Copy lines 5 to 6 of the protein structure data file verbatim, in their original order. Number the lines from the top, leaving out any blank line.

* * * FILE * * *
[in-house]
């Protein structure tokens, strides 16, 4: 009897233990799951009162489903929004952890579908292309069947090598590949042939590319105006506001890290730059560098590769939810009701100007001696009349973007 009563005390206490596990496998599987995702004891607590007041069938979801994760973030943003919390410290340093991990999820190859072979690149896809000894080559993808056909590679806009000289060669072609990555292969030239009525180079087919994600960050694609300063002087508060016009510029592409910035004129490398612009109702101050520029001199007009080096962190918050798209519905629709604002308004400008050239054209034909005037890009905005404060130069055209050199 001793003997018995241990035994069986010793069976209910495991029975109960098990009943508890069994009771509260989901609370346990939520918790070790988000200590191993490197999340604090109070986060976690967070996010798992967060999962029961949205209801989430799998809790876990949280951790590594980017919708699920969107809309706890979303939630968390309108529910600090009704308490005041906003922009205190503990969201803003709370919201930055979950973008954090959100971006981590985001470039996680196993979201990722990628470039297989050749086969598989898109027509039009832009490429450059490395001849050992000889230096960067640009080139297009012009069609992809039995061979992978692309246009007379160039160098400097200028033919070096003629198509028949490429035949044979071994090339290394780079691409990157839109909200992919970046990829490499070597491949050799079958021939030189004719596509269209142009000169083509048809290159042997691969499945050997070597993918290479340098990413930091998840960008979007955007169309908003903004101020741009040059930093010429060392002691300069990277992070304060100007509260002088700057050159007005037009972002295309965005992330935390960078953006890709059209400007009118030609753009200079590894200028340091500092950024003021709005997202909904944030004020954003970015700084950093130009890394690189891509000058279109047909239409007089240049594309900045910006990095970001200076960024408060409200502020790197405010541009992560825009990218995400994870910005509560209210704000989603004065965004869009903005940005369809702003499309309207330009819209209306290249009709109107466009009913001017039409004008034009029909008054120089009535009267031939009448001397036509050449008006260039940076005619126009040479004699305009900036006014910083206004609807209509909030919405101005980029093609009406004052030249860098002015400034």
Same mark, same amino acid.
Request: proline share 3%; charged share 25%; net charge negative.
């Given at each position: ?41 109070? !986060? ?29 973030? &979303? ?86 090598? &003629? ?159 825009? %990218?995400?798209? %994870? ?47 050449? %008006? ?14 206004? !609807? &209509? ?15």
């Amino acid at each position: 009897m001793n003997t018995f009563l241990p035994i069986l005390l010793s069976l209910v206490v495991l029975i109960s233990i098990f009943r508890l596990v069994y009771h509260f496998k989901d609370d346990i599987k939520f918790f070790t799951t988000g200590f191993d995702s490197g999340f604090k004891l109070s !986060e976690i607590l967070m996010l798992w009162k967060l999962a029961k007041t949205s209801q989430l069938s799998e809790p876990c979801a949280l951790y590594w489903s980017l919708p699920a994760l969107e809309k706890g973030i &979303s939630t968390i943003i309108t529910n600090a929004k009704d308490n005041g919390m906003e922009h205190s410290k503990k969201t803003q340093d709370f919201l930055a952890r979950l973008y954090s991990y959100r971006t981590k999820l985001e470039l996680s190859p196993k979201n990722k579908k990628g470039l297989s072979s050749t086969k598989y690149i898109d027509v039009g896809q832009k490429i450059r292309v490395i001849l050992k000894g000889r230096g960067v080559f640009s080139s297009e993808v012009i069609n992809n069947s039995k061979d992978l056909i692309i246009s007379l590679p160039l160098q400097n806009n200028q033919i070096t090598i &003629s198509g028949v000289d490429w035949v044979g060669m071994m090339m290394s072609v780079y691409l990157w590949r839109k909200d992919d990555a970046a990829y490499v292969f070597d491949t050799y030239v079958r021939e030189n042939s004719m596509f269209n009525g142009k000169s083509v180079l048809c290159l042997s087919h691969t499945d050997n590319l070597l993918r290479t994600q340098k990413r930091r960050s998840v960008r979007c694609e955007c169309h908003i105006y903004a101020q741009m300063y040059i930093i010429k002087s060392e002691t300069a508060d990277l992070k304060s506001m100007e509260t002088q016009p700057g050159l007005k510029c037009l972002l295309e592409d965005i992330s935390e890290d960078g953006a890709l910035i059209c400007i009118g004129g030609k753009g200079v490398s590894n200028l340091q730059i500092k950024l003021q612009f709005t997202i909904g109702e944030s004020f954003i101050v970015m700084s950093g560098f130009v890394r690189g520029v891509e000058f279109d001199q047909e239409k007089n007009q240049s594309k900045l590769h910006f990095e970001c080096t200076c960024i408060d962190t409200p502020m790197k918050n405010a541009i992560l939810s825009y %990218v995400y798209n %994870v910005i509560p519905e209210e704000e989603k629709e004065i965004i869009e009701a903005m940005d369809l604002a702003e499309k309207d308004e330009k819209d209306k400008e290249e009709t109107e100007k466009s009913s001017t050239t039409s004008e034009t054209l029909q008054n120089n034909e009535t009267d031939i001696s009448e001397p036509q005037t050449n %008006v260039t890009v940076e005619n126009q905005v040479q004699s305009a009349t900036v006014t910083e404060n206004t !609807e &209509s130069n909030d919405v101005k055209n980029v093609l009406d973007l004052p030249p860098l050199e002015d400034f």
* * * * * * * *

């Given at each position: ?41 109070? !986060? ?29 973030? &979303? ?86 090598? &003629? ?159 825009? %990218?995400?798209? %994870? ?47 050449? %008006? ?14 206004? !609807? &209509? ?15």
């Amino acid at each position: 009897m001793n003997t018995f009563l241990p035994i069986l005390l010793s069976l209910v206490v495991l029975i109960s233990i098990f009943r508890l596990v069994y009771h509260f496998k989901d609370d346990i599987k939520f918790f070790t799951t988000g200590f191993d995702s490197g999340f604090k004891l109070s !986060e976690i607590l967070m996010l798992w009162k967060l999962a029961k007041t949205s209801q989430l069938s799998e809790p876990c979801a949280l951790y590594w489903s980017l919708p699920a994760l969107e809309k706890g973030i &979303s939630t968390i943003i309108t529910n600090a929004k009704d308490n005041g919390m906003e922009h205190s410290k503990k969201t803003q340093d709370f919201l930055a952890r979950l973008y954090s991990y959100r971006t981590k999820l985001e470039l996680s190859p196993k979201n990722k579908k990628g470039l297989s072979s050749t086969k598989y690149i898109d027509v039009g896809q832009k490429i450059r292309v490395i001849l050992k000894g000889r230096g960067v080559f640009s080139s297009e993808v012009i069609n992809n069947s039995k061979d992978l056909i692309i246009s007379l590679p160039l160098q400097n806009n200028q033919i070096t090598i &003629s198509g028949v000289d490429w035949v044979g060669m071994m090339m290394s072609v780079y691409l990157w590949r839109k909200d992919d990555a970046a990829y490499v292969f070597d491949t050799y030239v079958r021939e030189n042939s004719m596509f269209n009525g142009k000169s083509v180079l048809c290159l042997s087919h691969t499945d050997n590319l070597l993918r290479t994600q340098k990413r930091r960050s998840v960008r979007c694609e955007c169309h908003i105006y903004a101020q741009m300063y040059i930093i010429k002087s060392e002691t300069a508060d990277l992070k304060s506001m100007e509260t002088q016009p700057g050159l007005k510029c037009l972002l295309e592409d965005i992330s935390e890290d960078g953006a890709l910035i059209c400007i009118g004129g030609k753009g200079v490398s590894n200028l340091q730059i500092k950024l003021q612009f709005t997202i909904g109702e944030s004020f954003i101050v970015m700084s950093g560098f130009v890394r690189g520029v891509e000058f279109d001199q047909e239409k007089n007009q240049s594309k900045l590769h910006f990095e970001c080096t200076c960024i408060d962190t409200p502020m790197k918050n405010a541009i992560l939810s825009y %990218v995400y798209n %994870v910005i509560p519905e209210e704000e989603k629709e004065i965004i869009e009701a903005m940005d369809l604002a702003e499309k309207d308004e330009k819209d209306k400008e290249e009709t109107e100007k466009s009913s001017t050239t039409s004008e034009t054209l029909q008054n120089n034909e009535t009267d031939i001696s009448e001397p036509q005037t050449n %008006v260039t890009v940076e005619n126009q905005v040479q004699s305009a009349t900036v006014t910083e404060n206004t !609807e &209509s130069n909030d919405v101005k055209n980029v093609l009406d973007l004052p030249p860098l050199e002015d400034f």